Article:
Object name: WHITING1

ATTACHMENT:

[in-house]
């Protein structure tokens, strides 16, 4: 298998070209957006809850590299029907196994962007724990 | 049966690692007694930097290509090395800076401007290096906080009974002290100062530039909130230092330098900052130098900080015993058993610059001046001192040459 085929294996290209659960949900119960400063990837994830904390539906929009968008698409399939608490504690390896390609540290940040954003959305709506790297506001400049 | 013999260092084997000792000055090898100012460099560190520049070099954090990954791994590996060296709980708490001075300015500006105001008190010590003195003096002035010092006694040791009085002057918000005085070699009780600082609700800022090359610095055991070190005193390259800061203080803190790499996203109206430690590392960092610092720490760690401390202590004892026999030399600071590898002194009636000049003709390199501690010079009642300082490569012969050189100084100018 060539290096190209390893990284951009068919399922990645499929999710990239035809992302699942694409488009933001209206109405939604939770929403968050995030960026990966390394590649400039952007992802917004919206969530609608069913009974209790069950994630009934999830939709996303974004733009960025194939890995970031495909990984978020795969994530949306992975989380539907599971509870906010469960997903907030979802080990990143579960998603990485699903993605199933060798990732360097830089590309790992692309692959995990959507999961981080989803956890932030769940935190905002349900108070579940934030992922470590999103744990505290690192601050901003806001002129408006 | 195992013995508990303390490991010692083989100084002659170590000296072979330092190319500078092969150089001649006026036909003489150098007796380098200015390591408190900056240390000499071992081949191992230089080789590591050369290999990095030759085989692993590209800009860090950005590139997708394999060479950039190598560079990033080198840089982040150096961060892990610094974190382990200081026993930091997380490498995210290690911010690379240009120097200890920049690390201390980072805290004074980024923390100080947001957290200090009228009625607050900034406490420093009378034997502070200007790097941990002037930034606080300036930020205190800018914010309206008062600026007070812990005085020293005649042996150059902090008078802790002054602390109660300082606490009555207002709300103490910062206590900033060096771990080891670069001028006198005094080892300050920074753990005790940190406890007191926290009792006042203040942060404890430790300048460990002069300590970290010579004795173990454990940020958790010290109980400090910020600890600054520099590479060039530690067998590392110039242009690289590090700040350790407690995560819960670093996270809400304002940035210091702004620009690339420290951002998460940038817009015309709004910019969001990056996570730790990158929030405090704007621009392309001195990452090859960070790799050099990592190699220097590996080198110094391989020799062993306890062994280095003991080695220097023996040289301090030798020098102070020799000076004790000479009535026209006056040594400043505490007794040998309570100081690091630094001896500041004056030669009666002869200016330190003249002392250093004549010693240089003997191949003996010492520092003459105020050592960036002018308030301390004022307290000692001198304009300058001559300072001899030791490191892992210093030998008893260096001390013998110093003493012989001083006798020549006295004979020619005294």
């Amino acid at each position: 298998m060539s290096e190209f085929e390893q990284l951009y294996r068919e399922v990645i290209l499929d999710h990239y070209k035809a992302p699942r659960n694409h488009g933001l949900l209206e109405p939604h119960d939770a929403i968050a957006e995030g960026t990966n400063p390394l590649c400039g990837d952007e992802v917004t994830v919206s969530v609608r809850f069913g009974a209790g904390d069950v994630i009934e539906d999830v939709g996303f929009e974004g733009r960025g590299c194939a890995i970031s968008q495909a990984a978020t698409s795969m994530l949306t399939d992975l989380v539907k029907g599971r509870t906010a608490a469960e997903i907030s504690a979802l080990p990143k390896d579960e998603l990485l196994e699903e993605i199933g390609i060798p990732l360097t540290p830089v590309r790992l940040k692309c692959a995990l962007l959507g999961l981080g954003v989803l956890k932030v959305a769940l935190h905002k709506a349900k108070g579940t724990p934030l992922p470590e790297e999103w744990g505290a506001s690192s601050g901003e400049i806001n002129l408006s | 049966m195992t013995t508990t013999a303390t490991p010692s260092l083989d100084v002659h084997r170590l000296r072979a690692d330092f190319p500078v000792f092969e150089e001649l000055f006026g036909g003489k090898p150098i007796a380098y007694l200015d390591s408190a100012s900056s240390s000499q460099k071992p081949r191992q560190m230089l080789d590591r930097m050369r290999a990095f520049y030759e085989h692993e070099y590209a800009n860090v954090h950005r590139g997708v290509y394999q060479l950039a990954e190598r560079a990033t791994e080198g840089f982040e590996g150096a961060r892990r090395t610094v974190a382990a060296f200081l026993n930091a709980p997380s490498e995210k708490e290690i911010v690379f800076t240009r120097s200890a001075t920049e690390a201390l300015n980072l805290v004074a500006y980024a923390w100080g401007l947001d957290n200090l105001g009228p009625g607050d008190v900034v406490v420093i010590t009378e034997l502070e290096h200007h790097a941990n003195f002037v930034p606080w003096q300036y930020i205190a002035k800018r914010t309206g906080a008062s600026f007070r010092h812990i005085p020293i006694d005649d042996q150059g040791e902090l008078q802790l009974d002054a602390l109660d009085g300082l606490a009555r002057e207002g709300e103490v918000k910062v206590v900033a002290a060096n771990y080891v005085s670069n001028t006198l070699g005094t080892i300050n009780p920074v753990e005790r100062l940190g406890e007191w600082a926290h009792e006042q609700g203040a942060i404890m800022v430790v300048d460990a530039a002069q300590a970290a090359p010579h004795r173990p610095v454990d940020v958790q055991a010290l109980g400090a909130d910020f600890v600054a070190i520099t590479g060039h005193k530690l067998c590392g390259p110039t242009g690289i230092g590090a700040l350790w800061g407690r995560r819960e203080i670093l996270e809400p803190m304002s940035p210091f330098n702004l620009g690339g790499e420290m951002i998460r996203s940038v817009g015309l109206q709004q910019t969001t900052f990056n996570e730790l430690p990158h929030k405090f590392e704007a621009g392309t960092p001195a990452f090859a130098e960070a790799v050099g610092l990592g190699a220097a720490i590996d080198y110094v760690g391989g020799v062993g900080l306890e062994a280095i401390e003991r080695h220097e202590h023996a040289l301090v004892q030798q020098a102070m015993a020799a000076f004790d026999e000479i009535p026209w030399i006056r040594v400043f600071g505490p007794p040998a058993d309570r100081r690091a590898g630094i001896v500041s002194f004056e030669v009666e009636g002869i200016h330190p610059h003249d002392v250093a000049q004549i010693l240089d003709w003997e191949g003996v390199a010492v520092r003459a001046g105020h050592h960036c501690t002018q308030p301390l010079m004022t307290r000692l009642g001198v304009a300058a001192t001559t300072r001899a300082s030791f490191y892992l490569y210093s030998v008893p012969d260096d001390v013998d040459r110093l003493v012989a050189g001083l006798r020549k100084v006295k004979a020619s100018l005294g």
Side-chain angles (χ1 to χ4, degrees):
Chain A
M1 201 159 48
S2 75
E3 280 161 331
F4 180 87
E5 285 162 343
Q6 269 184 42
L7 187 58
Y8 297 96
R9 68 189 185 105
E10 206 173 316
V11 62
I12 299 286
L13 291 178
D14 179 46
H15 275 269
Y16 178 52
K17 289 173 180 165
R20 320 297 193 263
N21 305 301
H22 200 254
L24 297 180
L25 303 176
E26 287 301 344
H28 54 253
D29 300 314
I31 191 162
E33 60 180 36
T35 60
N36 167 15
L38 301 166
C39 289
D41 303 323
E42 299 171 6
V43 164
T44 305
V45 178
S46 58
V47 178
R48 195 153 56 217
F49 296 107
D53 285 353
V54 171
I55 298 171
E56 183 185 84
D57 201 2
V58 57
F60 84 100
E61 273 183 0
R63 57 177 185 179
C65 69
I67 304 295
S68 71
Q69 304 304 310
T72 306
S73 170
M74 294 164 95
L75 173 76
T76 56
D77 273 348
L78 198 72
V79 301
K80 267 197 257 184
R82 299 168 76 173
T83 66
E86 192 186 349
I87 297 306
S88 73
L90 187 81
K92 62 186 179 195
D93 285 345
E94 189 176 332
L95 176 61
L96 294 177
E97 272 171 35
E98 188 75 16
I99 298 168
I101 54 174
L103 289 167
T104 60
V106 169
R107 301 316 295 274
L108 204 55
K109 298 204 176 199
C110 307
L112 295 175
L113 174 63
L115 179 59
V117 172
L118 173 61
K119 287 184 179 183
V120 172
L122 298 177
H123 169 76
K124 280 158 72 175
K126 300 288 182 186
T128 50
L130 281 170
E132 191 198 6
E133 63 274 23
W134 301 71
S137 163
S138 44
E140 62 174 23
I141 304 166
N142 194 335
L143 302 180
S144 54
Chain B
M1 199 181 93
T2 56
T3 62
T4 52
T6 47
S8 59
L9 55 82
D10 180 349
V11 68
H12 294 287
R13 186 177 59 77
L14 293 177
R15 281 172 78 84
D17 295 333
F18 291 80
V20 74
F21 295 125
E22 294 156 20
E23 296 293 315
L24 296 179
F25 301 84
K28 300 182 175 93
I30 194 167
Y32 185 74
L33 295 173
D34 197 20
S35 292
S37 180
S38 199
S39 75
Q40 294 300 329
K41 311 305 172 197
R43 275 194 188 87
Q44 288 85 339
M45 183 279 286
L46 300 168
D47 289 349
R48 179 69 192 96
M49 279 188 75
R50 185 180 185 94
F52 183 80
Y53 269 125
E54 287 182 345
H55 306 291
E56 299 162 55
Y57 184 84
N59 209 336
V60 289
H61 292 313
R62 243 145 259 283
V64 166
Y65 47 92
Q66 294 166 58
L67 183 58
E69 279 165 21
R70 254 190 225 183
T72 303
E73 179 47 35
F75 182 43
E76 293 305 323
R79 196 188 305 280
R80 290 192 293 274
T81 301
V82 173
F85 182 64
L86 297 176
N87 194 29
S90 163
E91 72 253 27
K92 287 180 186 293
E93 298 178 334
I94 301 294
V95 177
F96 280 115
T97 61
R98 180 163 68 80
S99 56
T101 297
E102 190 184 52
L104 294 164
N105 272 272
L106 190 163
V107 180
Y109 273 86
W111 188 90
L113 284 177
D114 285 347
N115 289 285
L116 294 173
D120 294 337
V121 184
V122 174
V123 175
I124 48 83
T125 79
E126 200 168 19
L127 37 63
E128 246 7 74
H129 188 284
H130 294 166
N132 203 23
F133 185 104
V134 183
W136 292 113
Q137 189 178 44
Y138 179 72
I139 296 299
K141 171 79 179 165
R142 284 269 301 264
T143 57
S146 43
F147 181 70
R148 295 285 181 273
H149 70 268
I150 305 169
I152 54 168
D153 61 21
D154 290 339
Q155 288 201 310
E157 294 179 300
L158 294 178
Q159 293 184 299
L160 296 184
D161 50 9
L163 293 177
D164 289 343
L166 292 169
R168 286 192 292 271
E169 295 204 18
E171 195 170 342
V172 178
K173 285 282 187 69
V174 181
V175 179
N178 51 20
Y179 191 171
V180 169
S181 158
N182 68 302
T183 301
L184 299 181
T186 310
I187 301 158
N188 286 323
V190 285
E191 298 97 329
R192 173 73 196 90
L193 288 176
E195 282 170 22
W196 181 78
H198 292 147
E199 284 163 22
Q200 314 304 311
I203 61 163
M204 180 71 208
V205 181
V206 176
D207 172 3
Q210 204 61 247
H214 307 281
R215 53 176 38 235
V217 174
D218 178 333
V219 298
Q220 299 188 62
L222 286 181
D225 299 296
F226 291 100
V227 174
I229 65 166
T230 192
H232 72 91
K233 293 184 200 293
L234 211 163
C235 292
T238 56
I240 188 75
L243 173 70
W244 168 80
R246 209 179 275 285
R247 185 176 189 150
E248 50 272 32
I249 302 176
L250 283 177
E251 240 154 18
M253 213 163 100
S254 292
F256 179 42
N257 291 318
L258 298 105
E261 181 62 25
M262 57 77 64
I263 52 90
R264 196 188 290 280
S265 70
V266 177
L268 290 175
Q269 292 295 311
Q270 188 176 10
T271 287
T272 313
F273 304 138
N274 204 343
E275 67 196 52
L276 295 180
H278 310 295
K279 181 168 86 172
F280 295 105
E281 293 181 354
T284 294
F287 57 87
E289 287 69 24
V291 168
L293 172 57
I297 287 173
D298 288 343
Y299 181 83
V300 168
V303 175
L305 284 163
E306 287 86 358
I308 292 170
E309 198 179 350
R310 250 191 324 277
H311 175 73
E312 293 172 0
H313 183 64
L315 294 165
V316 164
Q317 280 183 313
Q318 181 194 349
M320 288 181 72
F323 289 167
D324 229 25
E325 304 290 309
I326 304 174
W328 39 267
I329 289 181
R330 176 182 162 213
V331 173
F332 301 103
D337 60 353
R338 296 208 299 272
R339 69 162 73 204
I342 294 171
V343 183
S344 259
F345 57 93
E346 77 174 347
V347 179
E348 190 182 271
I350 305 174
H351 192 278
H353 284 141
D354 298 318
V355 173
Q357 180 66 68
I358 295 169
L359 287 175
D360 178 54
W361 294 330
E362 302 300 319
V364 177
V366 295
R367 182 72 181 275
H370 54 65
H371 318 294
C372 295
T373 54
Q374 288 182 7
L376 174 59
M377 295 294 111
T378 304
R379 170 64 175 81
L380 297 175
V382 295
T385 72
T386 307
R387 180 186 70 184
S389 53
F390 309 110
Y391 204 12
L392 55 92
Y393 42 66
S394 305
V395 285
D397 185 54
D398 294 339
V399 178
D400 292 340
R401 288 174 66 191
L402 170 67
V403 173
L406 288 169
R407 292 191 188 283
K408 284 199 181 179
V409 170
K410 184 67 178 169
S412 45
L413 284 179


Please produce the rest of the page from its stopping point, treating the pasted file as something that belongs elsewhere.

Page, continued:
Whiting 1 isn't much of a globular cluster. It certainly won't win any photogenic awards but it is quite interesting. Most globular clusters are about 10 billion years old, having formed with the galaxy 10 billion years ago. Whiting 1, however, is much younger, probably about 6.5 billion years old. This is possible because it likely didn't form in our galaxy. In fact, it is part of what is known as the Sagittarius Dwarf Elliptical Galaxy (SagDEG) also known as the Sagittarius Dwarf Spheroidal Galaxy. This galaxy, or what's left of it, was discovered in 1994. It is now mostly a stream of stars representing what was this galaxy before our galaxy began digesting it. In 2002 the star group in my image was discovered, three years later it was shown to be what's left of a globular cluster that likely belonged to the SagDEG.